Appellate Brief Writing, Appellate Record Citations, Bad Legal Writing, Hon. Alex Kozinski, Legal Writing, The Montana Lawyer
The Wrong Stuff: How You Too Can…Lose Your Appeal, by Hon. Alex Kozinski, 1992 BYU L. Rev. 325, The Montana Lawyer, 23 Mont. Law 5 (Oct. 1997)
Webmaster’s note: This was originally presented as a lecture at Brigham Young University, J. Reuben Clark School of Law on January 21, 1992. It was later recycled as The Wrong Stuff, 1992 BYU L. Rev. 325. The lecture was repeated during the 1997 Montana State Bar Annual Meeting, and again recycled in the Montana Lawyer as How You Too… Can Lose Your Appeal (and you thought Judge Kozinski didn’t care about the environment!).
The BYU L. Rev. edition is available as a PDF scan. What follows is the Montana Lawyer edition.
[former link is broken – see new link below]
When George Bousliman called a few months ago and invited me to come, I said, ‘What could I possibly talk about that would be of interest to members of the State Bar of Montana?’ He said, ‘The truth is, we don’t really care what you say; what we really want is a cover boy for The Montana Lawyer.’
Well, I have my pride. I want to be loved for my intellect, not just my face. So, I decided to talk on a totally irrelevant topic that I know a little something about: How to lose an appeal.
* * *
First, you want to tell the judges right up front that you have a rotten case. The best way to do this is to file a fat brief. So if the rules give you 50 *6 pages, ask for 75, 90, 125–the more the better. Even if you don’t get the extra pages, you will let the judges know you don’t have an argument capable of being presented in a simple, direct, persuasive fashion. Keep in mind that simple arguments are winning arguments; convoluted arguments are sleeping pills on paper.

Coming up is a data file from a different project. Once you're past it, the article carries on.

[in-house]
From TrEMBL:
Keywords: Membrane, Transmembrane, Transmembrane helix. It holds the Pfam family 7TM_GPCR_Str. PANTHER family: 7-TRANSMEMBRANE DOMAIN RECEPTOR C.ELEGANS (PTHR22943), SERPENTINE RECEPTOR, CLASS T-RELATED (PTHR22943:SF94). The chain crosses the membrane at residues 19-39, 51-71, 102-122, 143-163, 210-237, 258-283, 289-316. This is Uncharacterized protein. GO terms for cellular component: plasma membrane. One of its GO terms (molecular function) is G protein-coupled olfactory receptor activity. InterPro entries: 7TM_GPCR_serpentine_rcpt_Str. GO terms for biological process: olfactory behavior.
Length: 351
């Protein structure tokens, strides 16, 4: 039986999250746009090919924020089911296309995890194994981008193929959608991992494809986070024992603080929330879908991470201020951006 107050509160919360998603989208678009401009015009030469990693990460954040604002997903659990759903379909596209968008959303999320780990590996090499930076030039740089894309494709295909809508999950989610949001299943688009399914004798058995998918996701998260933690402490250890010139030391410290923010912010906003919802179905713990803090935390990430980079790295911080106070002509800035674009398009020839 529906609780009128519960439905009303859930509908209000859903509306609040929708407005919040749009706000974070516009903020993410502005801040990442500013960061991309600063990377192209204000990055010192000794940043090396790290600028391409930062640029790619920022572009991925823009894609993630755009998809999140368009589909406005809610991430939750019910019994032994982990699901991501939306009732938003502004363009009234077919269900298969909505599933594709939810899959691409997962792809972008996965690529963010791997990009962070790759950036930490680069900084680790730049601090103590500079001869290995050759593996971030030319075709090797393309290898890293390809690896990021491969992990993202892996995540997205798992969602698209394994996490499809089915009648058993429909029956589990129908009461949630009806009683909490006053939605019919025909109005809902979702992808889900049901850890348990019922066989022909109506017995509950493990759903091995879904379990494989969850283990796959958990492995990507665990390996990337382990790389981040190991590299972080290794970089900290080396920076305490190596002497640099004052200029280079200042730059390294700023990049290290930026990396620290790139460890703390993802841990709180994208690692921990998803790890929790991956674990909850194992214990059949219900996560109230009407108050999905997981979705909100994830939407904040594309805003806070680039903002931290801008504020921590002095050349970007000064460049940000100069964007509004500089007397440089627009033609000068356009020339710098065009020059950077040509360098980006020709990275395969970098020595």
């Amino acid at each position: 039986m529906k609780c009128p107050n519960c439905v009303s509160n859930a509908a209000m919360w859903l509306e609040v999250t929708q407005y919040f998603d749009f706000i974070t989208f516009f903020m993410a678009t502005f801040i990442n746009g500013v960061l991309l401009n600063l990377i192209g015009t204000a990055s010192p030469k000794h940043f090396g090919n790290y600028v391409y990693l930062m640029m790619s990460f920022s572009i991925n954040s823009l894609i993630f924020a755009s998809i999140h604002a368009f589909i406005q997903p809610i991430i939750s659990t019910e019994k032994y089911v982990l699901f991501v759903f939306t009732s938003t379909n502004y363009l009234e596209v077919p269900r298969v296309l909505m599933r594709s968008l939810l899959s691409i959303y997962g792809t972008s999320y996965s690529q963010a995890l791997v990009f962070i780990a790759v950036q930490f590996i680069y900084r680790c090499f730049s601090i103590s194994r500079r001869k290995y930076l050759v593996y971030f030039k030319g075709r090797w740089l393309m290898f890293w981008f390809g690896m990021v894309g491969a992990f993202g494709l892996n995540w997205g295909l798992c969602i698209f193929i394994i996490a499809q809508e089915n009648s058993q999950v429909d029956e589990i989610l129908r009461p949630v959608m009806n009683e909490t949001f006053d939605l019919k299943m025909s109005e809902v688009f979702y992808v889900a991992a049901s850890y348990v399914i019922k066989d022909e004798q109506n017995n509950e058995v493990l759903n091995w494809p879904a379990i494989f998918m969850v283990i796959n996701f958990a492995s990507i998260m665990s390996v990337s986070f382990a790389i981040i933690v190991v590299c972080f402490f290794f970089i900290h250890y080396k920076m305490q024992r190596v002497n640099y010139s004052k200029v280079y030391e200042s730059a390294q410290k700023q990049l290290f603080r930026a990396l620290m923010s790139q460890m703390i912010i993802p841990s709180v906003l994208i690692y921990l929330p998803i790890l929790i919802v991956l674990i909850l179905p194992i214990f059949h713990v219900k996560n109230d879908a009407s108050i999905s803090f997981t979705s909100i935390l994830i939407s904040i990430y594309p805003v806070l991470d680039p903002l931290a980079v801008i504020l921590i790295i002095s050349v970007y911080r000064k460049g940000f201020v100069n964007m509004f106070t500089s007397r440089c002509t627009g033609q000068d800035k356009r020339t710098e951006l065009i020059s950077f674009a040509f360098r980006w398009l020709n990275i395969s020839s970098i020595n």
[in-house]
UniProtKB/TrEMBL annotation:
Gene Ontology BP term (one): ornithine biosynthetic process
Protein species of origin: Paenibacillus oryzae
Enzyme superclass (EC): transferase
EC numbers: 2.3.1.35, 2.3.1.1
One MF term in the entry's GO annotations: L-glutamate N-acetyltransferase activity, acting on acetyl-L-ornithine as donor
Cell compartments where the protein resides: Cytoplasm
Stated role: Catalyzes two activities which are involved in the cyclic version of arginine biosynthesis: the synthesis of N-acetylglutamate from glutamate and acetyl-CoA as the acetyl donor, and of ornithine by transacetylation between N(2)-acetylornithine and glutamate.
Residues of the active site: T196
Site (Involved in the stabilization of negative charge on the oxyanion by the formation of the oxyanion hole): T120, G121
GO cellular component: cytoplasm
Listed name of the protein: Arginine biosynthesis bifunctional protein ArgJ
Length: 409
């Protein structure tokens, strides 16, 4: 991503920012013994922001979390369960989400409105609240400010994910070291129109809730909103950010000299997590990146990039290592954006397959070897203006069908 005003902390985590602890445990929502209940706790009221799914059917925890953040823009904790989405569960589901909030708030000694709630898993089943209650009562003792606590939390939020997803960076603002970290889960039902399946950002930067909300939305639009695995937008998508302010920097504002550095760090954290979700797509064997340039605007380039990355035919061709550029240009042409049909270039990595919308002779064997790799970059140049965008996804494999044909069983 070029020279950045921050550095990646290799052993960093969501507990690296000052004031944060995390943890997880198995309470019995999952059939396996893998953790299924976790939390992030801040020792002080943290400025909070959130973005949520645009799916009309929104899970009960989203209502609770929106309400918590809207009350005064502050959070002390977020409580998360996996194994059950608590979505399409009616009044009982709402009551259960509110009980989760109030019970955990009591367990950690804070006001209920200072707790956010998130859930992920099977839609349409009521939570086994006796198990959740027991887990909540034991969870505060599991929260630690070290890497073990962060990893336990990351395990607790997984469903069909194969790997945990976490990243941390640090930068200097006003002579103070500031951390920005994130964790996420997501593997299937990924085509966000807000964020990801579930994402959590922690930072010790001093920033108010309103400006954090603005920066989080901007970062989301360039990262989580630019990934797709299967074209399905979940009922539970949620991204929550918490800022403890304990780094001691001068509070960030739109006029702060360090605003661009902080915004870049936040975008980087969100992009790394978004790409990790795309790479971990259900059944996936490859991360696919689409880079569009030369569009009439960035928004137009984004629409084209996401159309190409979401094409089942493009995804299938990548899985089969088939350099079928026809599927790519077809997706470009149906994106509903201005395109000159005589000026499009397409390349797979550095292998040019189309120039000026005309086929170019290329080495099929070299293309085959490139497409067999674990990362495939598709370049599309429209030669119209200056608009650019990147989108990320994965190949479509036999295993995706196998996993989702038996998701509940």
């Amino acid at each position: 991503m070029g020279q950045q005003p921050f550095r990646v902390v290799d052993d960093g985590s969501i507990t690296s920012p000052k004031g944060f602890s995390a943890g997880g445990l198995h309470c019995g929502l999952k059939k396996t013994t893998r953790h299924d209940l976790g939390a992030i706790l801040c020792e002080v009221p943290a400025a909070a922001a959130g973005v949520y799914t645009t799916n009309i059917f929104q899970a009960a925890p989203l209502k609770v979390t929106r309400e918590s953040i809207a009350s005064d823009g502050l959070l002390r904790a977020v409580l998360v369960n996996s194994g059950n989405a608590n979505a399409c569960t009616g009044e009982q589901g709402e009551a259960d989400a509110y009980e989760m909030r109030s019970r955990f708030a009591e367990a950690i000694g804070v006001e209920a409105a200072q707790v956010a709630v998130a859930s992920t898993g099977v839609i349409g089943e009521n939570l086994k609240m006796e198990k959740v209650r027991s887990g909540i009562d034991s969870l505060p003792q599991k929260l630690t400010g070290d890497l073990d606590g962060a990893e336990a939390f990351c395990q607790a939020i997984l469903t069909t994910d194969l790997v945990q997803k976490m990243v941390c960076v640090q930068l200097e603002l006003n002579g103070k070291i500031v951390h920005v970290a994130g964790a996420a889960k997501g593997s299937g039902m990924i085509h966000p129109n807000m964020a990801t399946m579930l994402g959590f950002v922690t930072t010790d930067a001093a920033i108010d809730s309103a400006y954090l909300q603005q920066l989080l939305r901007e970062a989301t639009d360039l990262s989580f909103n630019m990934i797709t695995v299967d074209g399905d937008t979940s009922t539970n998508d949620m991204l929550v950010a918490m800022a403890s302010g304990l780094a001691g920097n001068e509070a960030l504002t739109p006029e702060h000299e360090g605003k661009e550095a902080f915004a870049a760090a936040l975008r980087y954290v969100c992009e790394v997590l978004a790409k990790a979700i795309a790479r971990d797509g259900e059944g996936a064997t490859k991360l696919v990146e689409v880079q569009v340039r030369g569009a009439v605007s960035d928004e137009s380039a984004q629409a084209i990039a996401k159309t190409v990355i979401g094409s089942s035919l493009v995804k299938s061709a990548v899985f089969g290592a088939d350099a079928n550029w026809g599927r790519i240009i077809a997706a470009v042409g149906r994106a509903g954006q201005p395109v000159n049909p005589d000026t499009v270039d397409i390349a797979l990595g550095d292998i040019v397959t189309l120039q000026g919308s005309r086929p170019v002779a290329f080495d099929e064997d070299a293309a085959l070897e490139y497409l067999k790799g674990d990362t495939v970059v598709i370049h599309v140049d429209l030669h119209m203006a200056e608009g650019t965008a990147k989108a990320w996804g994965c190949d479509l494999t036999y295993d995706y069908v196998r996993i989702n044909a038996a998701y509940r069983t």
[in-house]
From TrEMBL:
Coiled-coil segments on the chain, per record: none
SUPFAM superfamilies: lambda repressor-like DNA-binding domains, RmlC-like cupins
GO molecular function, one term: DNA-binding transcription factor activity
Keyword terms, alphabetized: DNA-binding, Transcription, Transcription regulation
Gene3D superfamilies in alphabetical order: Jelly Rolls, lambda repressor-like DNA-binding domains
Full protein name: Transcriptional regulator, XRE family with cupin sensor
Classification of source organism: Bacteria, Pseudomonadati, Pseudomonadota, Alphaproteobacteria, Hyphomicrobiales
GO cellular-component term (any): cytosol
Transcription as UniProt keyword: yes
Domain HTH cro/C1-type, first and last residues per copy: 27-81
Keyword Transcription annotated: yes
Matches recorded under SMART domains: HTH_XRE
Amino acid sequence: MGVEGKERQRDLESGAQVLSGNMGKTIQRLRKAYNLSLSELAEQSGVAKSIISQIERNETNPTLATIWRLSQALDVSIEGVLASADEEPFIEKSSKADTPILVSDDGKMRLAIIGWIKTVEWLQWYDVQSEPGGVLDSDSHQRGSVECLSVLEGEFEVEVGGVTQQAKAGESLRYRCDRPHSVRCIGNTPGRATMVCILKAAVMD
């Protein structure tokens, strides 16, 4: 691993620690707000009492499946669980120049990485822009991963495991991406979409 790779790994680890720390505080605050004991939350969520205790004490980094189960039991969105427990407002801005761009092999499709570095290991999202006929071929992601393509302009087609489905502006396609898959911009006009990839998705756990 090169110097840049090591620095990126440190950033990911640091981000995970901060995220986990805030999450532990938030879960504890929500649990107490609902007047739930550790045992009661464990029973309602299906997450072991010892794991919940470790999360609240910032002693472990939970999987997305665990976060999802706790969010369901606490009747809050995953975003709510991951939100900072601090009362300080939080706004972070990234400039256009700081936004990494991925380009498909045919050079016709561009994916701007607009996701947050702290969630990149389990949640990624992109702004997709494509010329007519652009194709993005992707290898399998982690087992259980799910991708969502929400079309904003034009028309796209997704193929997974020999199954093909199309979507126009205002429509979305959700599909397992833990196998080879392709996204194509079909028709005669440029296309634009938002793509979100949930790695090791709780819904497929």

But don’t just rely on the length of your brief to telegraph that you haven’t got much of a case. No. Try to come up with something that will annoy the judges, make it difficult for them to read what you have written and make them mistrust whatever they can read. Here are a few suggestions: Bind your brief so that it falls apart when the judge gets about half way through it. Or you could try a little trick recently used by a major law firm: Assemble your brief so that every other page reads upside down. This is likely to induce motion sickness and it’s always a fine idea to have the judge associate your argument with nausea. Also–this is a biggie–make sure your photocopier is low on toner or take a key and scratch the glass so it will put annoying lines on every page.
Best of all, cheat on the page limit. . . .
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